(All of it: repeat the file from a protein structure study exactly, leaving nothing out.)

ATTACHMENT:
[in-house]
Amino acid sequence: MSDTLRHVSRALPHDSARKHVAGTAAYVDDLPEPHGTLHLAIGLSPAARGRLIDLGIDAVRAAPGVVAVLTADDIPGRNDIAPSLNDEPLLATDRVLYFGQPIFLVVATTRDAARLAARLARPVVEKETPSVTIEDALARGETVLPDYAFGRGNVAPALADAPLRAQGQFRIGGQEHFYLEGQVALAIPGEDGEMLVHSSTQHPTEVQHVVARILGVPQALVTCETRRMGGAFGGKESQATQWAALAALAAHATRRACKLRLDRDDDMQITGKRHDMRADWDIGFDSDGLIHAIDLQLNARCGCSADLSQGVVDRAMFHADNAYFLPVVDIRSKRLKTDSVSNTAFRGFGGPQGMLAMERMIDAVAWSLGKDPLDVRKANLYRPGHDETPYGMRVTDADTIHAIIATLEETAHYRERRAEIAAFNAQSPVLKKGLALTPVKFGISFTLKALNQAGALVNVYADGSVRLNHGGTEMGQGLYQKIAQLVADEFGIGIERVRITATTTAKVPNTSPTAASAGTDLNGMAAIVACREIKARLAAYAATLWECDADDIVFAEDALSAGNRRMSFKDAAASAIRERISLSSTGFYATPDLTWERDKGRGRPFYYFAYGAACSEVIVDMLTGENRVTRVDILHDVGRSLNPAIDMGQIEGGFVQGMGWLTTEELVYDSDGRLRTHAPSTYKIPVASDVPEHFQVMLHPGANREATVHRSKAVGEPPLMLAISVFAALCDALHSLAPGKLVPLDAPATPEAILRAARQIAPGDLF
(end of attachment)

[in-house]
Amino acid sequence: MSDTLRHVSRALPHDSARKHVAGTAAYVDDLPEPHGTLHLAIGLSPAARGRLIDLGIDAVRAAPGVVAVLTADDIPGRNDIAPSLNDEPLLATDRVLYFGQPIFLVVATTRDAARLAARLARPVVEKETPSVTIEDALARGETVLPDYAFGRGNVAPALADAPLRAQGQFRIGGQEHFYLEGQVALAIPGEDGEMLVHSSTQHPTEVQHVVARILGVPQALVTCETRRMGGAFGGKESQATQWAALAALAAHATRRACKLRLDRDDDMQITGKRHDMRADWDIGFDSDGLIHAIDLQLNARCGCSADLSQGVVDRAMFHADNAYFLPVVDIRSKRLKTDSVSNTAFRGFGGPQGMLAMERMIDAVAWSLGKDPLDVRKANLYRPGHDETPYGMRVTDADTIHAIIATLEETAHYRERRAEIAAFNAQSPVLKKGLALTPVKFGISFTLKALNQAGALVNVYADGSVRLNHGGTEMGQGLYQKIAQLVADEFGIGIERVRITATTTAKVPNTSPTAASAGTDLNGMAAIVACREIKARLAAYAATLWECDADDIVFAEDALSAGNRRMSFKDAAASAIRERISLSSTGFYATPDLTWERDKGRGRPFYYFAYGAACSEVIVDMLTGENRVTRVDILHDVGRSLNPAIDMGQIEGGFVQGMGWLTTEELVYDSDGRLRTHAPSTYKIPVASDVPEHFQVMLHPGANREATVHRSKAVGEPPLMLAISVFAALCDALHSLAPGKLVPLDAPATPEAILRAARQIAPGDLF